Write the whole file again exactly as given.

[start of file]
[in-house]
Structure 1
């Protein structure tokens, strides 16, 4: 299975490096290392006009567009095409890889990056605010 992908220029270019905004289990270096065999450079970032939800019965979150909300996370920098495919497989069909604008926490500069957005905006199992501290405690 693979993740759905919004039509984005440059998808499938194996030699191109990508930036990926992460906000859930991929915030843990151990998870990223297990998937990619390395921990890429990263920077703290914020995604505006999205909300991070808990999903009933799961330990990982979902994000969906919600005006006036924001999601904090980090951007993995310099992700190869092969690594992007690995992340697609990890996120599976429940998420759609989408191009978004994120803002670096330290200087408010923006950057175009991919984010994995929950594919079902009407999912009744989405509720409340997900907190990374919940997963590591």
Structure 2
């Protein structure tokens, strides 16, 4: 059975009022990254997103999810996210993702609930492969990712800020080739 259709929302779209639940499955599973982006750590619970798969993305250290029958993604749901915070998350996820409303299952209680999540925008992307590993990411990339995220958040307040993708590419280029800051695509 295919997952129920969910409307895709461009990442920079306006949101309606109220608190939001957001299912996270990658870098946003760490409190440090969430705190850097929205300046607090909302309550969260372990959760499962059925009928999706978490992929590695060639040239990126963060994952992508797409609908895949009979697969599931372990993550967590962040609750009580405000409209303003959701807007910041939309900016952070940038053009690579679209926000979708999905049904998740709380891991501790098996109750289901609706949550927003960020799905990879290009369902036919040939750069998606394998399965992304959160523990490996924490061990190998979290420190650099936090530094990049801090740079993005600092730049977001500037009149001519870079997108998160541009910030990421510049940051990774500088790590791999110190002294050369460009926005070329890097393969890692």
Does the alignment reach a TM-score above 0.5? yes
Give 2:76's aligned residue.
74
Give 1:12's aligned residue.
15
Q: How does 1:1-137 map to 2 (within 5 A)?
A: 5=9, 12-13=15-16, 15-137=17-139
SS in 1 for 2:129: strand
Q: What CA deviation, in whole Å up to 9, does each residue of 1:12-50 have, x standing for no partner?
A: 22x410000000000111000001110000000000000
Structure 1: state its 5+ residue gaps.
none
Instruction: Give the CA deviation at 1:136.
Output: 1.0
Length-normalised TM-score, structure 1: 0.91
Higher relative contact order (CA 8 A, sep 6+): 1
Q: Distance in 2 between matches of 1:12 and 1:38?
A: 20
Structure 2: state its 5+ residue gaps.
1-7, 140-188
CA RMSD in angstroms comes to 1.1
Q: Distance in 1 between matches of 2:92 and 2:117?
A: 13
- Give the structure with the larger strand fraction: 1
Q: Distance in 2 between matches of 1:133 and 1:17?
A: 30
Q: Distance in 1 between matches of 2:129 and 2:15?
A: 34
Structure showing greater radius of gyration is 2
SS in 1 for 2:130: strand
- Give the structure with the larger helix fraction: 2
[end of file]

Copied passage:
[in-house]
Structure 1
């Protein structure tokens, strides 16, 4: 299975490096290392006009567009095409890889990056605010 992908220029270019905004289990270096065999450079970032939800019965979150909300996370920098495919497989069909604008926490500069957005905006199992501290405690 693979993740759905919004039509984005440059998808499938194996030699191109990508930036990926992460906000859930991929915030843990151990998870990223297990998937990619390395921990890429990263920077703290914020995604505006999205909300991070808990999903009933799961330990990982979902994000969906919600005006006036924001999601904090980090951007993995310099992700190869092969690594992007690995992340697609990890996120599976429940998420759609989408191009978004994120803002670096330290200087408010923006950057175009991919984010994995929950594919079902009407999912009744989405509720409340997900907190990374919940997963590591």
Structure 2
């Protein structure tokens, strides 16, 4: 059975009022990254997103999810996210993702609930492969990712800020080739 259709929302779209639940499955599973982006750590619970798969993305250290029958993604749901915070998350996820409303299952209680999540925008992307590993990411990339995220958040307040993708590419280029800051695509 295919997952129920969910409307895709461009990442920079306006949101309606109220608190939001957001299912996270990658870098946003760490409190440090969430705190850097929205300046607090909302309550969260372990959760499962059925009928999706978490992929590695060639040239990126963060994952992508797409609908895949009979697969599931372990993550967590962040609750009580405000409209303003959701807007910041939309900016952070940038053009690579679209926000979708999905049904998740709380891991501790098996109750289901609706949550927003960020799905990879290009369902036919040939750069998606394998399965992304959160523990490996924490061990190998979290420190650099936090530094990049801090740079993005600092730049977001500037009149001519870079997108998160541009910030990421510049940051990774500088790590791999110190002294050369460009926005070329890097393969890692």
Does the alignment reach a TM-score above 0.5? yes
Give 2:76's aligned residue.
74
Give 1:12's aligned residue.
15
Q: How does 1:1-137 map to 2 (within 5 A)?
A: 5=9, 12-13=15-16, 15-137=17-139
SS in 1 for 2:129: strand
Q: What CA deviation, in whole Å up to 9, does each residue of 1:12-50 have, x standing for no partner?
A: 22x410000000000111000001110000000000000
Structure 1: state its 5+ residue gaps.
none
Instruction: Give the CA deviation at 1:136.
Output: 1.0
Length-normalised TM-score, structure 1: 0.91
Higher relative contact order (CA 8 A, sep 6+): 1
Q: Distance in 2 between matches of 1:12 and 1:38?
A: 20
Structure 2: state its 5+ residue gaps.
1-7, 140-188
CA RMSD in angstroms comes to 1.1
Q: Distance in 1 between matches of 2:92 and 2:117?
A: 13
- Give the structure with the larger strand fraction: 1
Q: Distance in 2 between matches of 1:133 and 1:17?
A: 30
Q: Distance in 1 between matches of 2:129 and 2:15?
A: 34
Structure showing greater radius of gyration is 2
SS in 1 for 2:130: strand
- Give the structure with the larger helix fraction: 2